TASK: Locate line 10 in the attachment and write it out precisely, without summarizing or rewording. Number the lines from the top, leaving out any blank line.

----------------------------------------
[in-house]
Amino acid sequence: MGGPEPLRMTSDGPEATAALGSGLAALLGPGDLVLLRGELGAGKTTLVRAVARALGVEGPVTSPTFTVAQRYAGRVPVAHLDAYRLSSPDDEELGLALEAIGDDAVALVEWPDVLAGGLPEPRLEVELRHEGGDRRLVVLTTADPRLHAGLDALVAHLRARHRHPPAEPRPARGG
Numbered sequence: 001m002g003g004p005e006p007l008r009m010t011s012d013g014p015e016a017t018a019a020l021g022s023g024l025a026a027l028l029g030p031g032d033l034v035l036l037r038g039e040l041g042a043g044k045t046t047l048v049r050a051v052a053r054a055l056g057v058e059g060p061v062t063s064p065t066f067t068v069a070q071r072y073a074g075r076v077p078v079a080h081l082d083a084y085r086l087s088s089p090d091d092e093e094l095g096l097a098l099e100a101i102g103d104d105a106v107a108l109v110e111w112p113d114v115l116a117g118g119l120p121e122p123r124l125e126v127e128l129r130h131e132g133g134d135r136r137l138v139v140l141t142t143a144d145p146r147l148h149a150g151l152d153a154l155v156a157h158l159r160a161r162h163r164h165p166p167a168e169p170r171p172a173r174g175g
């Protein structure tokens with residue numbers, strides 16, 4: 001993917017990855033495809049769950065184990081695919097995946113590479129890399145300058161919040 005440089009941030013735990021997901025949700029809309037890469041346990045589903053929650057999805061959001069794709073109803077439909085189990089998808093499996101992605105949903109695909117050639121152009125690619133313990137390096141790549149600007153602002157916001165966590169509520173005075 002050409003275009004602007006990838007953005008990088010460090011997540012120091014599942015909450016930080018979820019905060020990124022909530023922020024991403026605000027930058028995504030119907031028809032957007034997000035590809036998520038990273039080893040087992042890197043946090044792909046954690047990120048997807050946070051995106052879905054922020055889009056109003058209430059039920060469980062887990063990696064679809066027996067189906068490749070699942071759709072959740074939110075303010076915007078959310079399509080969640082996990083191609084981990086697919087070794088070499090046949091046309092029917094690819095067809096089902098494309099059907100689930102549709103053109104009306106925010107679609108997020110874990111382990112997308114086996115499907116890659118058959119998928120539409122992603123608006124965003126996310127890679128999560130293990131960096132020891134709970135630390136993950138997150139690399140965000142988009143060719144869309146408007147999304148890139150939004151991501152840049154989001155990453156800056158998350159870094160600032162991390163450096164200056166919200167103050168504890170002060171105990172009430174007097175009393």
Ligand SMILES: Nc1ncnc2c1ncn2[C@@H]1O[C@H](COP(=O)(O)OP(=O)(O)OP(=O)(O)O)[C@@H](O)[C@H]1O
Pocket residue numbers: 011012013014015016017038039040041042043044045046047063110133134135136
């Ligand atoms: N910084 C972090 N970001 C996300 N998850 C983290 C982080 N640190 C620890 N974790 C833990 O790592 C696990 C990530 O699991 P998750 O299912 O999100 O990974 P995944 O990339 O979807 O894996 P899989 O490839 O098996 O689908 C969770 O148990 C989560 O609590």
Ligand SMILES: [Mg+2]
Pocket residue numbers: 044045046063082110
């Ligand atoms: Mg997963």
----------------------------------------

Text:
């Ligand atoms: Mg997963």